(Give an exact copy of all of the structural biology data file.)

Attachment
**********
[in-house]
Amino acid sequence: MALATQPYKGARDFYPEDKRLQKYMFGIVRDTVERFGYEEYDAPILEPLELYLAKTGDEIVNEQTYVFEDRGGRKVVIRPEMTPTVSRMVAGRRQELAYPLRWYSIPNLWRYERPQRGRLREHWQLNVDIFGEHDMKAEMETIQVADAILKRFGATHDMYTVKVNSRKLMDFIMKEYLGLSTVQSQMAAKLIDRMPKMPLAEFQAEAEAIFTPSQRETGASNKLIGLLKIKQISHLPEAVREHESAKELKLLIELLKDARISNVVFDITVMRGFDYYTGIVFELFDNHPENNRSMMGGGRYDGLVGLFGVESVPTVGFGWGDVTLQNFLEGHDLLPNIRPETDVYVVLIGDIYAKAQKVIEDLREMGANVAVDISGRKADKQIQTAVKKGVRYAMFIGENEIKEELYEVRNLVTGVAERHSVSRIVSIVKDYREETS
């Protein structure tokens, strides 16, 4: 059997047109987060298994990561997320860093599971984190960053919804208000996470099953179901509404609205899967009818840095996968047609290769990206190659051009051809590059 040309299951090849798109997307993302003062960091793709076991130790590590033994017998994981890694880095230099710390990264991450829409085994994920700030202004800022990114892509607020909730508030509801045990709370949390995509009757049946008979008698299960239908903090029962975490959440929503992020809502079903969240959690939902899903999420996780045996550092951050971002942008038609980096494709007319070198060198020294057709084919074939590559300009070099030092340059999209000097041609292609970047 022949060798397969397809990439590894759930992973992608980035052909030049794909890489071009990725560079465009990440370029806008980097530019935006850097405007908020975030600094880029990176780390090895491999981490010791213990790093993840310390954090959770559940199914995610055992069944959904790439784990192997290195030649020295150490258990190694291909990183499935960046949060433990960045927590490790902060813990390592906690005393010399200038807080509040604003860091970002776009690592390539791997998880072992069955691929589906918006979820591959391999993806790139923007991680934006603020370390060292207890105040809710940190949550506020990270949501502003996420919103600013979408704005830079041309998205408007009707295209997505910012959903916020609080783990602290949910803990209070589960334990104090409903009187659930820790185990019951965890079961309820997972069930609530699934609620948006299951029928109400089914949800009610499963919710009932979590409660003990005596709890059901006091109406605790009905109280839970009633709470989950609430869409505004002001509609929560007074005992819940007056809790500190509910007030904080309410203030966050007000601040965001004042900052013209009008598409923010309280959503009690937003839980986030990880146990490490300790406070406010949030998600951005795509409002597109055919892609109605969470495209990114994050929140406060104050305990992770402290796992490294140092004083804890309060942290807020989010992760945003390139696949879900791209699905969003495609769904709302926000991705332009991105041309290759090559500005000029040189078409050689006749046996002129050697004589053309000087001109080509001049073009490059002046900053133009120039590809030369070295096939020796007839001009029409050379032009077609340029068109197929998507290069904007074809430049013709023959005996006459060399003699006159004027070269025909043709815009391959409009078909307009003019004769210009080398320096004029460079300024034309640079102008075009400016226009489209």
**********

[in-house]
Amino acid sequence: MALATQPYKGARDFYPEDKRLQKYMFGIVRDTVERFGYEEYDAPILEPLELYLAKTGDEIVNEQTYVFEDRGGRKVVIRPEMTPTVSRMVAGRRQELAYPLRWYSIPNLWRYERPQRGRLREHWQLNVDIFGEHDMKAEMETIQVADAILKRFGATHDMYTVKVNSRKLMDFIMKEYLGLSTVQSQMAAKLIDRMPKMPLAEFQAEAEAIFTPSQRETGASNKLIGLLKIKQISHLPEAVREHESAKELKLLIELLKDARISNVVFDITVMRGFDYYTGIVFELFDNHPENNRSMMGGGRYDGLVGLFGVESVPTVGFGWGDVTLQNFLEGHDLLPNIRPETDVYVVLIGDIYAKAQKVIEDLREMGANVAVDISGRKADKQIQTAVKKGVRYAMFIGENEIKEELYEVRNLVTGVAERHSVSRIVSIVKDYREETS
């Protein structure tokens, strides 16, 4: 059997047109987060298994990561997320860093599971984190960053919804208000996470099953179901509404609205899967009818840095996968047609290769990206190659051009051809590059 040309299951090849798109997307993302003062960091793709076991130790590590033994017998994981890694880095230099710390990264991450829409085994994920700030202004800022990114892509607020909730508030509801045990709370949390995509009757049946008979008698299960239908903090029962975490959440929503992020809502079903969240959690939902899903999420996780045996550092951050971002942008038609980096494709007319070198060198020294057709084919074939590559300009070099030092340059999209000097041609292609970047 022949060798397969397809990439590894759930992973992608980035052909030049794909890489071009990725560079465009990440370029806008980097530019935006850097405007908020975030600094880029990176780390090895491999981490010791213990790093993840310390954090959770559940199914995610055992069944959904790439784990192997290195030649020295150490258990190694291909990183499935960046949060433990960045927590490790902060813990390592906690005393010399200038807080509040604003860091970002776009690592390539791997998880072992069955691929589906918006979820591959391999993806790139923007991680934006603020370390060292207890105040809710940190949550506020990270949501502003996420919103600013979408704005830079041309998205408007009707295209997505910012959903916020609080783990602290949910803990209070589960334990104090409903009187659930820790185990019951965890079961309820997972069930609530699934609620948006299951029928109400089914949800009610499963919710009932979590409660003990005596709890059901006091109406605790009905109280839970009633709470989950609430869409505004002001509609929560007074005992819940007056809790500190509910007030904080309410203030966050007000601040965001004042900052013209009008598409923010309280959503009690937003839980986030990880146990490490300790406070406010949030998600951005795509409002597109055919892609109605969470495209990114994050929140406060104050305990992770402290796992490294140092004083804890309060942290807020989010992760945003390139696949879900791209699905969003495609769904709302926000991705332009991105041309290759090559500005000029040189078409050689006749046996002129050697004589053309000087001109080509001049073009490059002046900053133009120039590809030369070295096939020796007839001009029409050379032009077609340029068109197929998507290069904007074809430049013709023959005996006459060399003699006159004027070269025909043709815009391959409009078909307009003019004769210009080398320096004029460079300024034309640079102008075009400016226009489209």